> 
> 3c06acdac0b1ba0e0acdda513a57ee6e31385dce 
> [EXPAND] Split unquoted $ <at> /$* correctly when IFS is set but empty
> 
> and related following to expand.c
> 
> 
> It seems that the changes to dash triggers, among others, some problem 
> with libtool.
> 
> As examples I've attached build logs for libpixman and kbd, there are a
> lot other builds that failed as well. If you need more, please let me 
> know.

Thanks for the report.  This patch should fix the problem.

-- >8 --
The commit 3c06acdac0b1ba0e0acdda513a57ee6e31385dce ([EXPAND]
Split unquoted $ <at> /$* correctly when IFS is set but empty) broke
the case where $ <at>  is in quotes and EXP_FULL is false.

In that case we should still emit IFS as field splitting is not
performed.

(Continue reading)

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Vadim Zeitlin | 23 Dec 23:34 2014

Possibly wrong handling of $_?

 Hello,

 I'm not exactly sure if this is a bug because I didn't find any
specification about how is this supposed to behave (to my surprise it
turned out that $_ was not in POSIX), but please consider this:

	% zsh -c 'echo -n foo && echo $_'
	foofoo
	% bash -c 'echo -n foo && echo $_'
	foofoo
	% dash -c 'echo -n foo && echo $_'
	foo/usr/bin/dash

I've tested several different versions of zsh (4 and 5) and bash (3 and 4)
and dash 0.5.5 and 0.5.7 from Debian and they all produced the results as
above.

 Shouldn't dash follow the other shells here?
VZ
kabe | 22 Dec 06:50 2014
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[PATCH] create builtins.c properly on old cpp

Encontered this on ancient gcc-2.95.3 environment;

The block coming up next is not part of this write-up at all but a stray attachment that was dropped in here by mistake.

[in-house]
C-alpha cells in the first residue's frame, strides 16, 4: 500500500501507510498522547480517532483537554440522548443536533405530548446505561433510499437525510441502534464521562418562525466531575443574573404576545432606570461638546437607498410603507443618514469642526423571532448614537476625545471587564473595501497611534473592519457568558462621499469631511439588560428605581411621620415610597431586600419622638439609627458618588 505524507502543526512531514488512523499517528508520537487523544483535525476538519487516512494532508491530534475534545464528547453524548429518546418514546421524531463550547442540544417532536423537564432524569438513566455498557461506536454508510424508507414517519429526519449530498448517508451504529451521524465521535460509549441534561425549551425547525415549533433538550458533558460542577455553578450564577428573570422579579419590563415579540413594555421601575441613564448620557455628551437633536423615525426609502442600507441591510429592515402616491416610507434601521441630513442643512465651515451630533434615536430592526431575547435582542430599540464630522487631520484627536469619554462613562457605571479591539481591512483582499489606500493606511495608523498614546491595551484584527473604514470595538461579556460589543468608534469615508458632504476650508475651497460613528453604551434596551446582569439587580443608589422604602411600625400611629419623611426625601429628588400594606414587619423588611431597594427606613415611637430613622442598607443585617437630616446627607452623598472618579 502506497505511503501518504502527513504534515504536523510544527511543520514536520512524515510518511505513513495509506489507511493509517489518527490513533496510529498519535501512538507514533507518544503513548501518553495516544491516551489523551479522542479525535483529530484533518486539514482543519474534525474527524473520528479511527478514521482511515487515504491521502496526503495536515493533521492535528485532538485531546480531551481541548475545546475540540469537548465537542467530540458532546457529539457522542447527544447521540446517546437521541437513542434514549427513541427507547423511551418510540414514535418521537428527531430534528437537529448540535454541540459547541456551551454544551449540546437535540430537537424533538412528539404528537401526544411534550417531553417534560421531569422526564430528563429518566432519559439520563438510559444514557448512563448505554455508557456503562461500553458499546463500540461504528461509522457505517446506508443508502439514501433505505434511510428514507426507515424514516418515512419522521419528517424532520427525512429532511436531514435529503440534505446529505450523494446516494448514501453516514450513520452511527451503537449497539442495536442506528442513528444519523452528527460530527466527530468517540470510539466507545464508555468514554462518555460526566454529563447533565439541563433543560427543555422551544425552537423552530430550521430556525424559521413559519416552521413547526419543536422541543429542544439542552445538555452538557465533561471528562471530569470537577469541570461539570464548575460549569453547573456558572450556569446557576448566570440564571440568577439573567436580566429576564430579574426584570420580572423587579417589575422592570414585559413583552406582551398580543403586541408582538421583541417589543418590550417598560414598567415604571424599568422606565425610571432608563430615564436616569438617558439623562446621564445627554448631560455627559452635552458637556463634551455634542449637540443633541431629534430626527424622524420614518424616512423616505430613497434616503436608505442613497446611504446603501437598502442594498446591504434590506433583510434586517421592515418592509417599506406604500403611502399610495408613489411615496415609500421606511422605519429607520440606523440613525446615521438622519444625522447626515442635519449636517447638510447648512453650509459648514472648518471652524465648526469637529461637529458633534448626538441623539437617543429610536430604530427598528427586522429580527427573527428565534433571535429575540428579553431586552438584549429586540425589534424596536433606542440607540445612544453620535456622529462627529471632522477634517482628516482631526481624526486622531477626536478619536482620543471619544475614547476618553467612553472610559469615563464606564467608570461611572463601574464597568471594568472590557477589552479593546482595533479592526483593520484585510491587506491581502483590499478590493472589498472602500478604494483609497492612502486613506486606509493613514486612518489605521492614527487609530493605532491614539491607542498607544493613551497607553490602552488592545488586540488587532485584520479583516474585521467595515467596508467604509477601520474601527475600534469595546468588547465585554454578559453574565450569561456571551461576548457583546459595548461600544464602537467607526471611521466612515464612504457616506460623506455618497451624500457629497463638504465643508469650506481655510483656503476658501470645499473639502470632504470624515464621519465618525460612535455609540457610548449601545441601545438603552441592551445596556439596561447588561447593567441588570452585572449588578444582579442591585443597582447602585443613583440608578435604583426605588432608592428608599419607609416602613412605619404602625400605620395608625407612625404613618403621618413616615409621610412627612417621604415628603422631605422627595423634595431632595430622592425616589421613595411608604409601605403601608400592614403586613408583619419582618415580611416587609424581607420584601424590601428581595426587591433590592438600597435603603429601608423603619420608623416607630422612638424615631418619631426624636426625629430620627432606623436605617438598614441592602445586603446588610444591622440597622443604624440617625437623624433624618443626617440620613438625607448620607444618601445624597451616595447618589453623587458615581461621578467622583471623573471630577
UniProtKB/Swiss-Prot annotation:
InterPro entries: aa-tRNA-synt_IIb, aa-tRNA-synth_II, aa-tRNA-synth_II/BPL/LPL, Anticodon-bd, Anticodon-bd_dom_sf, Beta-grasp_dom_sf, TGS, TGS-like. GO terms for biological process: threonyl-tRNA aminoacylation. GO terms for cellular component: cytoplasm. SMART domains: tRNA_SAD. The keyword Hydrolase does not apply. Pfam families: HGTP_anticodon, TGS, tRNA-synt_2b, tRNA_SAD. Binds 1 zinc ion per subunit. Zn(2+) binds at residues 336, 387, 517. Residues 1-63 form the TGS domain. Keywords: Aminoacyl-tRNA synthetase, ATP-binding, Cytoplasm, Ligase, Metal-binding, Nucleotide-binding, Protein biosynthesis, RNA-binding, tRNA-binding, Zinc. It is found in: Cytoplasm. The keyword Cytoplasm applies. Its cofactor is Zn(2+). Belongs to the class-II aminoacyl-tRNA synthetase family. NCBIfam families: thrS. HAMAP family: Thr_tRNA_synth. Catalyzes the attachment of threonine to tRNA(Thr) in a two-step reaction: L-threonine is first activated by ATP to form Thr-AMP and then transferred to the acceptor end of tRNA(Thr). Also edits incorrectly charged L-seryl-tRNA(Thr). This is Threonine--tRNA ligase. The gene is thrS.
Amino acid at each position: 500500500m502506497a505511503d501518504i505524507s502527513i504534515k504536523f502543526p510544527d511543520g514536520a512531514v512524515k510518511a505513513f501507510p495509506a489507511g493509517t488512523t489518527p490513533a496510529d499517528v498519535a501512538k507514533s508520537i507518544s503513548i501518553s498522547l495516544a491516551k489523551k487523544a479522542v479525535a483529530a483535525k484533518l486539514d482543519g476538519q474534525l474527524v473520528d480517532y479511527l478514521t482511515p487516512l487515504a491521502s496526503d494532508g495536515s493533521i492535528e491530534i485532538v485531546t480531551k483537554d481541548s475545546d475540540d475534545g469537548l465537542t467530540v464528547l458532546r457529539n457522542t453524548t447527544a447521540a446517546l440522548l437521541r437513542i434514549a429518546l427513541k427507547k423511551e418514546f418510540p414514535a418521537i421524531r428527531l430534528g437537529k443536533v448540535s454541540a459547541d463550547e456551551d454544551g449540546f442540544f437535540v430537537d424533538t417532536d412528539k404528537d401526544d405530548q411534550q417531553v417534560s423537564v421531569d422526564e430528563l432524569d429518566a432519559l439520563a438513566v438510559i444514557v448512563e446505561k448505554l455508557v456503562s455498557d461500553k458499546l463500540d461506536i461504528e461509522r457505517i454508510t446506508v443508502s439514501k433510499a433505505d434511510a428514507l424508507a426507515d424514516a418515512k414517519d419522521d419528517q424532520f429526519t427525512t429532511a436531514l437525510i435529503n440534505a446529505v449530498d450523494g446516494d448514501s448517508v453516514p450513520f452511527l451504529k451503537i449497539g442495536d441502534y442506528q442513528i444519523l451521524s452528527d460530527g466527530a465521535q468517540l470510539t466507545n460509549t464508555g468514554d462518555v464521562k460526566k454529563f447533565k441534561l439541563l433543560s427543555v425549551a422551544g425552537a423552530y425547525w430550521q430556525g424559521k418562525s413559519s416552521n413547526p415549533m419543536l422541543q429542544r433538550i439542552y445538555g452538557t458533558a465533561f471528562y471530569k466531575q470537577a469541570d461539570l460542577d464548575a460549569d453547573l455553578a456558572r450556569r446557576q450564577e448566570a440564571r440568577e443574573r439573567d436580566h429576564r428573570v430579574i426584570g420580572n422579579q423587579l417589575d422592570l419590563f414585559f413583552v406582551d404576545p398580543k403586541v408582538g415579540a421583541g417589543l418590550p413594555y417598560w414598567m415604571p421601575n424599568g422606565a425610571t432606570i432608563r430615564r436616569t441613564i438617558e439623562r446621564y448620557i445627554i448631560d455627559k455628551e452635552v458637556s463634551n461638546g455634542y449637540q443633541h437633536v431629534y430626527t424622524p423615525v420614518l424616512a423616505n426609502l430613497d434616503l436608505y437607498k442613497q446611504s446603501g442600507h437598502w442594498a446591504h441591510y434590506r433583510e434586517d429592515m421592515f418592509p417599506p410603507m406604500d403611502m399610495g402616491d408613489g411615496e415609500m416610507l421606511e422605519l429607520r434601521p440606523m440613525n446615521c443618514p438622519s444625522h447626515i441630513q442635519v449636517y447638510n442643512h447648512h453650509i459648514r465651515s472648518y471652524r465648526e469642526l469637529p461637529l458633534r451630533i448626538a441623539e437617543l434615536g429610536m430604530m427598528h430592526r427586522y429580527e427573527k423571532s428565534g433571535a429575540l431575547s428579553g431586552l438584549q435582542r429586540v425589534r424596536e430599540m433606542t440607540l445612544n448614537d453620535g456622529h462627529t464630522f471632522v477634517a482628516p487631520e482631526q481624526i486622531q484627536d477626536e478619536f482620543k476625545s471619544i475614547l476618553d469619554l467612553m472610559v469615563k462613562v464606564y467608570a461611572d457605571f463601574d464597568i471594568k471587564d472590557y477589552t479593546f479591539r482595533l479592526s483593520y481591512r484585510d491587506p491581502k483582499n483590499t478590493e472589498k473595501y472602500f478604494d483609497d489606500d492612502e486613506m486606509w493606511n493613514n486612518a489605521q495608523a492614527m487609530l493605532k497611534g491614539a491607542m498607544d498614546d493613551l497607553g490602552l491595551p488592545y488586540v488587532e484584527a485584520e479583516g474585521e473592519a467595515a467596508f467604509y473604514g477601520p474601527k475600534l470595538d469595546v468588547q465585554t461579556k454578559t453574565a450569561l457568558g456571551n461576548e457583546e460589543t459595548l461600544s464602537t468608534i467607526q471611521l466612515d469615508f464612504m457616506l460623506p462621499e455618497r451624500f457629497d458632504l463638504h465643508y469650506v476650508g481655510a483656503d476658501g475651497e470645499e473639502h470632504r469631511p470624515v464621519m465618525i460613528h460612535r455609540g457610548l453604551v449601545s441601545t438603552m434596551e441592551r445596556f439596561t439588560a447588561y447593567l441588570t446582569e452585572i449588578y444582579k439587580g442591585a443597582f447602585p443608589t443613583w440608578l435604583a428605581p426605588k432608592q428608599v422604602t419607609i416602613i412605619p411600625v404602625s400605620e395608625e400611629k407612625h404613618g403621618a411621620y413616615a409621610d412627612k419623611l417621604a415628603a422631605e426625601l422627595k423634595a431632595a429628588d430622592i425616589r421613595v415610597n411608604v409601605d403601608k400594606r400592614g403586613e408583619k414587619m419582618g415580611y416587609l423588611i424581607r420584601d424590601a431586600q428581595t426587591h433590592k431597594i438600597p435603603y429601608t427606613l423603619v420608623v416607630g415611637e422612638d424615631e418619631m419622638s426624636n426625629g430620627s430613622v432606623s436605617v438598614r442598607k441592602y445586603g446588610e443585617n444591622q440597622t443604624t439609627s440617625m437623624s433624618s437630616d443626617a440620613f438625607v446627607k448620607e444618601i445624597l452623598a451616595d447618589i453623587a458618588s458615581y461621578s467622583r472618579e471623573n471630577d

src/builtins.def.in -> src/builtins.def generation emitted
^ $
lines (likely by /* */), which where NOT ignored by 
src/mkbuiltins and generating bogus builtins.c.

-- kabe

diff -U6 -p dash-0.5.8/src/mkbuiltins.dist dash-0.5.8/src/mkbuiltins
--- dash-0.5.8/src/mkbuiltins.dist	Sun Sep 28 17:19:32 2014
+++ dash-0.5.8/src/mkbuiltins	Mon Dec 22 14:36:43 2014
 <at>  <at>  -66,13 +66,13  <at>  <at>  cat <<\!
  */

 #include "shell.h"
 #include "builtins.h"

 !
-< $builtins sed '/^#/d; /^$/d' > $temp
+< $builtins sed '/^#/d; /^ *$/d' > $temp
 awk '{	printf "int %s(int, char **);\n", $1}' $temp
 echo '
 const struct builtincmd builtincmd[] = {'
 awk '{	for (i = 2 ; i <= NF ; i++) {
 		line = $i "\t" $1
 		if ($i ~ /^-/)
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solsTiCe d'Hiver | 8 Dec 18:32 2014
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"if [ s1 > s2 ]" broken, writing a s2 file

hello,
folowing that bug
https://bugs.launchpad.net/ubuntu/+source/update-notifier/+bug/1400357,
I follow through to investigate and I found out
that whatever I try, when comparing 2 strings I always end up with a
file written to disk

From the man page
test expression
     [ expression ]
[...]
s1 > s2       True if string s1 comes after s2 based on the ASCII
value of their characters.

when I try to use it:
a="ert"
b="aze"
if [ $a > $b ] ; then
echo yes
fi
if [ "aer" > "azer" ] ;then
echo yes
fi

I got 2 yes printed on screen whereas only one should and most
importantly I got 2 empty files written to disk: one called "aze", and
another one "azer"

so this "if syntax" is broken or I don't knwo how to use it.

(Continue reading)